The risks of blood play
Coming as a surprise to literally no one, blood play can be quite risky. Cutting yourself or another person comes with the possibility of infection or the spread of STIs. There is also the risk of scarring to consider. Cooper says that the (consensual and desired) fear that accompanies blood play can mess with blood pressure, increasing the risk of shock or panic attacks.
Dr. Daniel Boyer, MD, a specialist in internal medicine and medical research, says it’s important to consider any “medical condition that may be triggered by this sexual act, such as [a] history self-harm, blood clots or [if you are] currently using certain medication like blood thinners.”
In addition to the physical dangers, Melancon says that blood play can also carry emotional risks: “Blood play is not for beginners. You should already feel comfortable communicating and advocating for your sexual needs and boundaries.” This means feeling like you have the ability to say no or walk away if something doesn’t feel right.
How to do blood play safely
Safety around blood play starts with everyone wanting to engage with it. BDSM stresses the importance of negotiation and enthusiastic consent. These same rules of consent, communication and understanding are involved with blood play — and they are critical as blood can be dangerous (which, of course, is one reason why it’s hot).
If you decide to cut your skin or someone else’s, it’s crucial that you make sure the implement is fully sterilized. Boyer says that everyone involved in blood play should first get a full STI panel to rule out any blood-borne STIs, such as HIV and Hep B.
It’s also a really good idea to get some training from someone in the BDSM community. Obviously this isn’t doable for everyone, but it’s worth looking into.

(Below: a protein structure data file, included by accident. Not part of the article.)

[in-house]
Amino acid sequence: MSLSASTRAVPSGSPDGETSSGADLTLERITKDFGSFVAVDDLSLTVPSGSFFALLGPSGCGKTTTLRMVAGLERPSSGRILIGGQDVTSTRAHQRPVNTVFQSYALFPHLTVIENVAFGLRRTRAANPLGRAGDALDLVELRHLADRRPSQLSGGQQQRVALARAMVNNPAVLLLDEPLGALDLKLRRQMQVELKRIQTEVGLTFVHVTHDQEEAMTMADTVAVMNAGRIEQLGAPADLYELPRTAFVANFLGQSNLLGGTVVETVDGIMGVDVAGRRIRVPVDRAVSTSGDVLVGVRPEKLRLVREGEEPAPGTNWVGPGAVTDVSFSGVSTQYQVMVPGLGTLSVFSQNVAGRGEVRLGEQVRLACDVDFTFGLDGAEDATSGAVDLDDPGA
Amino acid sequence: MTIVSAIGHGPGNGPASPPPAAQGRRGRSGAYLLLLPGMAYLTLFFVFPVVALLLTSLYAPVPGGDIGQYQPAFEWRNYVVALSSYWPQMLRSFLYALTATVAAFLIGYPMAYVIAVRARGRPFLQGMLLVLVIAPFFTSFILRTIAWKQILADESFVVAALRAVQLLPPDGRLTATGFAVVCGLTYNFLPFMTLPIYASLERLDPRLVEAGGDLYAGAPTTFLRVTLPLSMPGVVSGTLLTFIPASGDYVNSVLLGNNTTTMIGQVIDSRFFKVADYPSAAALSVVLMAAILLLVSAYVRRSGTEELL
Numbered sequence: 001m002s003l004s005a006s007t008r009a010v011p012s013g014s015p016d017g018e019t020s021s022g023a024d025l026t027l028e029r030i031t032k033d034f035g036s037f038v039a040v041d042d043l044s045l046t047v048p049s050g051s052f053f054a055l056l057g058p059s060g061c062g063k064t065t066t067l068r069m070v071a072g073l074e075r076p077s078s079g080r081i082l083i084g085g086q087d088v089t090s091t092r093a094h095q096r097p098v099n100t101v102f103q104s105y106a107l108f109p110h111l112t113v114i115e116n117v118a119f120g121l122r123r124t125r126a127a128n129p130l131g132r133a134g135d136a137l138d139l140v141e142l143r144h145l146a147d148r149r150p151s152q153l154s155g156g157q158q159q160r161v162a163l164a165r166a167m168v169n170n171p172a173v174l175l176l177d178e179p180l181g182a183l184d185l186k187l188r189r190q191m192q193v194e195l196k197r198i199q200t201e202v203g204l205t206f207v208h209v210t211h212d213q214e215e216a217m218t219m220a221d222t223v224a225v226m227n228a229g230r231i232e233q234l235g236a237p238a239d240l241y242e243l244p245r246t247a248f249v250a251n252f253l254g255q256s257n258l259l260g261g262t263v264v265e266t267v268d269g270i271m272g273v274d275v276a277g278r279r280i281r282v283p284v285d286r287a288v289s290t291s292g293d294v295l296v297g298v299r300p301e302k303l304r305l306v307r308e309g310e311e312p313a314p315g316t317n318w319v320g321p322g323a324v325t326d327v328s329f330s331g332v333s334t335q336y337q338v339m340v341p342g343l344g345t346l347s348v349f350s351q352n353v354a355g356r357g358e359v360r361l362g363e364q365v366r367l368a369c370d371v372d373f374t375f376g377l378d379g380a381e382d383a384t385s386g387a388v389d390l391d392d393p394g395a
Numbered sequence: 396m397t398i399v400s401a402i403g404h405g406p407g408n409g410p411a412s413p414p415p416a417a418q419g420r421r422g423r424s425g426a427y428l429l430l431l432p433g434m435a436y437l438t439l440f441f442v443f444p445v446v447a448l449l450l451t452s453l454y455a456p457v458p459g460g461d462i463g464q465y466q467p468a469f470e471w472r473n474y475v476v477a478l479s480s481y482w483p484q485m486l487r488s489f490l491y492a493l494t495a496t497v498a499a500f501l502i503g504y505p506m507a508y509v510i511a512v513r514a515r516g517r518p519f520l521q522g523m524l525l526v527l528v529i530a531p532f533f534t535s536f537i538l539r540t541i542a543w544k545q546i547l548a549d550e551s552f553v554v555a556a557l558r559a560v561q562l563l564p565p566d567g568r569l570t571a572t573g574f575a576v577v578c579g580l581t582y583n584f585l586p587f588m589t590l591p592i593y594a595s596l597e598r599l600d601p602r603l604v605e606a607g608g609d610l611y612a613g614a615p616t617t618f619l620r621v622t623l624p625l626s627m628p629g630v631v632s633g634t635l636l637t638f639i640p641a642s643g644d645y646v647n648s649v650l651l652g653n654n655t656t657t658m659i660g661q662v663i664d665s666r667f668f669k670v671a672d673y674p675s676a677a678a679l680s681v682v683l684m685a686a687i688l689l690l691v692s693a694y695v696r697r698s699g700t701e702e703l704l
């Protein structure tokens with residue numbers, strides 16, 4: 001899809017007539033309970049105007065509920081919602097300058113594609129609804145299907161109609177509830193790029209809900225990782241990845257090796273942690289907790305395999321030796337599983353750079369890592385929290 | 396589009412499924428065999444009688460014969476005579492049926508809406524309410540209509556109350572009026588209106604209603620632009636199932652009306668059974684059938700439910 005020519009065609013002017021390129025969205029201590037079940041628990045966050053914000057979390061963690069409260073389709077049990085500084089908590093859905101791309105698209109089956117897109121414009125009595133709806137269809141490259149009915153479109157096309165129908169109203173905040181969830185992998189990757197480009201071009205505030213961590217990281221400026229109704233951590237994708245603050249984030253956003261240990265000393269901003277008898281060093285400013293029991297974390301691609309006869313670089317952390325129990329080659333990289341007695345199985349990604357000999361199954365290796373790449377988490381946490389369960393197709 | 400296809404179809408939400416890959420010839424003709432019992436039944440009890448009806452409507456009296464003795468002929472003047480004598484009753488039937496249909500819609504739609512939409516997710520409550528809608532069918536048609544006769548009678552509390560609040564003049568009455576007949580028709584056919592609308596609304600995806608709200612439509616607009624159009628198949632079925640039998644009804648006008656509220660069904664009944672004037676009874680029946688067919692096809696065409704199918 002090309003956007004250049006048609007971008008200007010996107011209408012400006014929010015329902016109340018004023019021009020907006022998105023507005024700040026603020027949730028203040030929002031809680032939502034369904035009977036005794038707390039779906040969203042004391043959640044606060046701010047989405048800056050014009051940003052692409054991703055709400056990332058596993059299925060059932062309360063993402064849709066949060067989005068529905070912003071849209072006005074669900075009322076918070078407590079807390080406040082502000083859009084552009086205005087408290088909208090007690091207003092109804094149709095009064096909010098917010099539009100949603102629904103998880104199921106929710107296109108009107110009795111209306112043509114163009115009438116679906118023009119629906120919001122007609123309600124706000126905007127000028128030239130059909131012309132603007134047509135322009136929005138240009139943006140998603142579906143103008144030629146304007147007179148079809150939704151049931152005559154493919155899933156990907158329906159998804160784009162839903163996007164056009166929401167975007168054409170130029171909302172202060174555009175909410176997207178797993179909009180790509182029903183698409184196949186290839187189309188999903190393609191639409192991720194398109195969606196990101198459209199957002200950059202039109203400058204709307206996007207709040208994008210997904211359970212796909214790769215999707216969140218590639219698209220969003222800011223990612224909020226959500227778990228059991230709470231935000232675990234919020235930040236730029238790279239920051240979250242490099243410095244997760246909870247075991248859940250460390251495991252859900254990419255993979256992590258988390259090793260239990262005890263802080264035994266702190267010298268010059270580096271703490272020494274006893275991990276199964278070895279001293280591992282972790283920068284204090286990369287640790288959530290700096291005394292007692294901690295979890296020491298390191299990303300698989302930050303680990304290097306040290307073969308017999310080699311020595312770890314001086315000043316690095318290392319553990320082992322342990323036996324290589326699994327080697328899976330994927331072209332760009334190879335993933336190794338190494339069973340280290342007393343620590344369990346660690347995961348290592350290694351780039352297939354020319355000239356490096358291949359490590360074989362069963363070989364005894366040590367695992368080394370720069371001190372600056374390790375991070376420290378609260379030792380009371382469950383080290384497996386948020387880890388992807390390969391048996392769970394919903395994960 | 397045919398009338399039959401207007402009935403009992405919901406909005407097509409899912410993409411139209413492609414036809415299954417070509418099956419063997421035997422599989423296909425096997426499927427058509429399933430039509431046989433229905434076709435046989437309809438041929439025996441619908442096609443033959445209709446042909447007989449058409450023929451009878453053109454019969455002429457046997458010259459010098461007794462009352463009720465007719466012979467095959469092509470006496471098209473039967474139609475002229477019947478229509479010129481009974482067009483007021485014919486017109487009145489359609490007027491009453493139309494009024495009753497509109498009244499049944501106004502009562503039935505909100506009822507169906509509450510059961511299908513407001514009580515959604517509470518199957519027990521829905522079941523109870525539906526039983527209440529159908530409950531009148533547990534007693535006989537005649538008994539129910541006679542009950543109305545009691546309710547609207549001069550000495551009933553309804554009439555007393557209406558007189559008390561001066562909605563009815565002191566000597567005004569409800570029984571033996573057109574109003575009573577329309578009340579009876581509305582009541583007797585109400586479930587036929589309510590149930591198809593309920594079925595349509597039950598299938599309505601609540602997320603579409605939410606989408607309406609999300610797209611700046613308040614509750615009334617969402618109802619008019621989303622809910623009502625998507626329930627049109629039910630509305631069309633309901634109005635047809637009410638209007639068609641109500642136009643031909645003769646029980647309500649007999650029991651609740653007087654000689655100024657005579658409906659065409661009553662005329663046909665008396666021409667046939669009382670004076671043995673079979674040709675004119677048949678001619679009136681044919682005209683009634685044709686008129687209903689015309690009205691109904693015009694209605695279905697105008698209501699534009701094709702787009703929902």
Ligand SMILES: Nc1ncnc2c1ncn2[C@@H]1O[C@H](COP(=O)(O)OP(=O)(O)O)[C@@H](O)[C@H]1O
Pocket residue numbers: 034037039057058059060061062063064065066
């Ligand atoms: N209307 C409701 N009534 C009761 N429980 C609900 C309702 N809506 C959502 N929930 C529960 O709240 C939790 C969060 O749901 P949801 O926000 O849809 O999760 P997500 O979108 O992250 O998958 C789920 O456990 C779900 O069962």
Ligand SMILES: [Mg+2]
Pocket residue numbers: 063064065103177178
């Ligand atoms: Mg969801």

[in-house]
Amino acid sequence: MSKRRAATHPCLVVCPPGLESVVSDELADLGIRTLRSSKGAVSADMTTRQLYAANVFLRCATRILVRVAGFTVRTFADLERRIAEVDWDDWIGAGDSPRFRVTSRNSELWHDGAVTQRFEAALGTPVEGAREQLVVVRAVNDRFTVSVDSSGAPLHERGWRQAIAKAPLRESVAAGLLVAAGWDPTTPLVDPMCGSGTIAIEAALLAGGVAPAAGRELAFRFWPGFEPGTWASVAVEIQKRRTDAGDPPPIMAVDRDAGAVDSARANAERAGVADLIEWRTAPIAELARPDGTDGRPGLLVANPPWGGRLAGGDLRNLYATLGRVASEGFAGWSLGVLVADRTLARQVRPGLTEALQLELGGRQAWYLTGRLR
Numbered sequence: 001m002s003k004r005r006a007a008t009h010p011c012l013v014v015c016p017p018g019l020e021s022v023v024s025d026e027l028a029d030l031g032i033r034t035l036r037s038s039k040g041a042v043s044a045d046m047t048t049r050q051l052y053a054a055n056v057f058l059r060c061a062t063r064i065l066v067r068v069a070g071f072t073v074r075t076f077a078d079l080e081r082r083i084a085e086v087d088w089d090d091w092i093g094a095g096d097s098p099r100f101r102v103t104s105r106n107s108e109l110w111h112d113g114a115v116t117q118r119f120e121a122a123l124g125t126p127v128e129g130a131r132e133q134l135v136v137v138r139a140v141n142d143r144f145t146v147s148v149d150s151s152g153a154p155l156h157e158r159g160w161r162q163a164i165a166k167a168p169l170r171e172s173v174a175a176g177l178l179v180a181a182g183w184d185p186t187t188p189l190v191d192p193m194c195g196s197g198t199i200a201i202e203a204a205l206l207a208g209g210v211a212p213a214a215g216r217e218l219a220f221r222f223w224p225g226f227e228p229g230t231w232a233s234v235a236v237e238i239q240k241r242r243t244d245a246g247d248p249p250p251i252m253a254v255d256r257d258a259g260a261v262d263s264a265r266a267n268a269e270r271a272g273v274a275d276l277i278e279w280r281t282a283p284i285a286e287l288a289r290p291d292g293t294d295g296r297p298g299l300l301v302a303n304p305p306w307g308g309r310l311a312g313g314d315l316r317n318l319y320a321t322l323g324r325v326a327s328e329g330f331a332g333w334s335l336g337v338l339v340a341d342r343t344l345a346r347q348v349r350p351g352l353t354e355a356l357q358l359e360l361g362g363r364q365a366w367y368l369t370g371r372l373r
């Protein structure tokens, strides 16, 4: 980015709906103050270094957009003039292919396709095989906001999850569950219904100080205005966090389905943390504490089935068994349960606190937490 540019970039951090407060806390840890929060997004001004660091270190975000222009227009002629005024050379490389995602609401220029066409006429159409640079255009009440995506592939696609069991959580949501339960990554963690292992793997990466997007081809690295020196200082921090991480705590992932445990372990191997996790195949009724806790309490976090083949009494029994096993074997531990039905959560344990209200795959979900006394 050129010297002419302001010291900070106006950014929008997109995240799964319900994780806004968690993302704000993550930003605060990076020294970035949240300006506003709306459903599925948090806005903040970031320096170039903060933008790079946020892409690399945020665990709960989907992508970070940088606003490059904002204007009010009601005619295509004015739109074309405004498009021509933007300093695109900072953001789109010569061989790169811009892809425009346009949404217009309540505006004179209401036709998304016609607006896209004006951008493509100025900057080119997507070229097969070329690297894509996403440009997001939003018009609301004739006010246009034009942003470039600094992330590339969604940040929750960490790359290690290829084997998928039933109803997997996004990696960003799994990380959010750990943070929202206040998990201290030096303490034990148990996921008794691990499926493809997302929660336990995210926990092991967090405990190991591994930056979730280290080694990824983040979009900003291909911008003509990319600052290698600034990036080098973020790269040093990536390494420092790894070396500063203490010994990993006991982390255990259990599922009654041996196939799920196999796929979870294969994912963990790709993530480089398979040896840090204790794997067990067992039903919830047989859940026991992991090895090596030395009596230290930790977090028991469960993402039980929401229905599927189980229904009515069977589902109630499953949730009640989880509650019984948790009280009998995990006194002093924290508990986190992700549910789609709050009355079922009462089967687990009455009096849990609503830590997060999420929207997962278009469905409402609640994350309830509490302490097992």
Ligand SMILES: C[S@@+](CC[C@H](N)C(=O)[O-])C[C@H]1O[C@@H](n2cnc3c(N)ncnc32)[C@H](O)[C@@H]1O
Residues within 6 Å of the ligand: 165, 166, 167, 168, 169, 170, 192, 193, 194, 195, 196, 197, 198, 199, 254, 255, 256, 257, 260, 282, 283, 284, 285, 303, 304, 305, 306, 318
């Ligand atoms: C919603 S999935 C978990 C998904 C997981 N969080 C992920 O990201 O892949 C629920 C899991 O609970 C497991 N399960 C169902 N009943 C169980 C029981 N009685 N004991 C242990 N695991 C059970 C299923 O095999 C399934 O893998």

Of course, the best safety option is to use a blood alternative. Check out your local costume store (or Amazon Prime) and get some Halloween blood capsules. They have the color and texture of real blood (for the most part), without involving the worry of physical pain, scarring or possible STI transmission. Boyer also suggests using wine. Blood and a good buzz? Sounds like a win-win.
Cleanup tips for the wary
Now, if you’re concerned about the mess, you’re definitely not alone. This is probably one of the main things that makes the otherwise blood-curious rule blood out of their sex life. Cleaning up is a drag, and blood is extremely messy.
Prepare your playplace in advance
Prepping for blood play is essential if you don’t want to destroy your nice sheets. Melancon suggests using “old sheets or towels, puppy pads, incontinence pads, waterproof sheets (or a mattress cover), or even plastic tarps.”
Get high-quality wipes
Cooper advises that you use “medical grade body and surface wipes, [which] can help clean up areas quickly. While the aim isn’t to produce too much blood or cut deeply, even some surface cuts can bleed like a bitch and lead to a crime scene-like mess.”
Be careful with disinfection
First-aid goes a long way post-play. Be sure to have bandages and a dedicated bin specifically for any sharp objects used. After you’re finished, clean any cuts with soap and water, apply an anti-bacterial ointment and a bandage.
Blood play can be super fun, but it does need to be done with care. Remember, there’s nothing wrong with being into blood; everyone’s sexual blueprint is unique. We’re not here to yuck anyone’s yum — we just want to be sure your yum is done as safely as possible.